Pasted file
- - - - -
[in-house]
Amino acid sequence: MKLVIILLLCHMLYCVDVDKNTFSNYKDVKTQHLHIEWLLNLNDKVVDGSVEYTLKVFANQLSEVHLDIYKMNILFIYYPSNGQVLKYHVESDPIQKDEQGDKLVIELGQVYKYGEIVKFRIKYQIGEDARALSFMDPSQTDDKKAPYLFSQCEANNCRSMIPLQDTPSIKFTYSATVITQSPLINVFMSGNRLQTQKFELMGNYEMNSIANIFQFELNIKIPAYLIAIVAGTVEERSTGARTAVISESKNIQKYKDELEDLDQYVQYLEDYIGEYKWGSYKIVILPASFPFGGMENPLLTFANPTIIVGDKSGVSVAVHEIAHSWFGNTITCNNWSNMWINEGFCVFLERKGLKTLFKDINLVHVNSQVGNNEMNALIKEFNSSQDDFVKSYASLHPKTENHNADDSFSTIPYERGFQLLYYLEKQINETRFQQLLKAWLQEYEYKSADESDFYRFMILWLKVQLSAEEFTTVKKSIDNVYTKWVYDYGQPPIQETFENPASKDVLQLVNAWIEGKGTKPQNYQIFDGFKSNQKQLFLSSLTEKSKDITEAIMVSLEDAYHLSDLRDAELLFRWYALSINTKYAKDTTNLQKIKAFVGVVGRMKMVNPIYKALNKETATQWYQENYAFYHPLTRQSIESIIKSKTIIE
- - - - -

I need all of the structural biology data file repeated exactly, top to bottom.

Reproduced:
[in-house]
Amino acid sequence: MKLVIILLLCHMLYCVDVDKNTFSNYKDVKTQHLHIEWLLNLNDKVVDGSVEYTLKVFANQLSEVHLDIYKMNILFIYYPSNGQVLKYHVESDPIQKDEQGDKLVIELGQVYKYGEIVKFRIKYQIGEDARALSFMDPSQTDDKKAPYLFSQCEANNCRSMIPLQDTPSIKFTYSATVITQSPLINVFMSGNRLQTQKFELMGNYEMNSIANIFQFELNIKIPAYLIAIVAGTVEERSTGARTAVISESKNIQKYKDELEDLDQYVQYLEDYIGEYKWGSYKIVILPASFPFGGMENPLLTFANPTIIVGDKSGVSVAVHEIAHSWFGNTITCNNWSNMWINEGFCVFLERKGLKTLFKDINLVHVNSQVGNNEMNALIKEFNSSQDDFVKSYASLHPKTENHNADDSFSTIPYERGFQLLYYLEKQINETRFQQLLKAWLQEYEYKSADESDFYRFMILWLKVQLSAEEFTTVKKSIDNVYTKWVYDYGQPPIQETFENPASKDVLQLVNAWIEGKGTKPQNYQIFDGFKSNQKQLFLSSLTEKSKDITEAIMVSLEDAYHLSDLRDAELLFRWYALSINTKYAKDTTNLQKIKAFVGVVGRMKMVNPIYKALNKETATQWYQENYAFYHPLTRQSIESIIKSKTIIE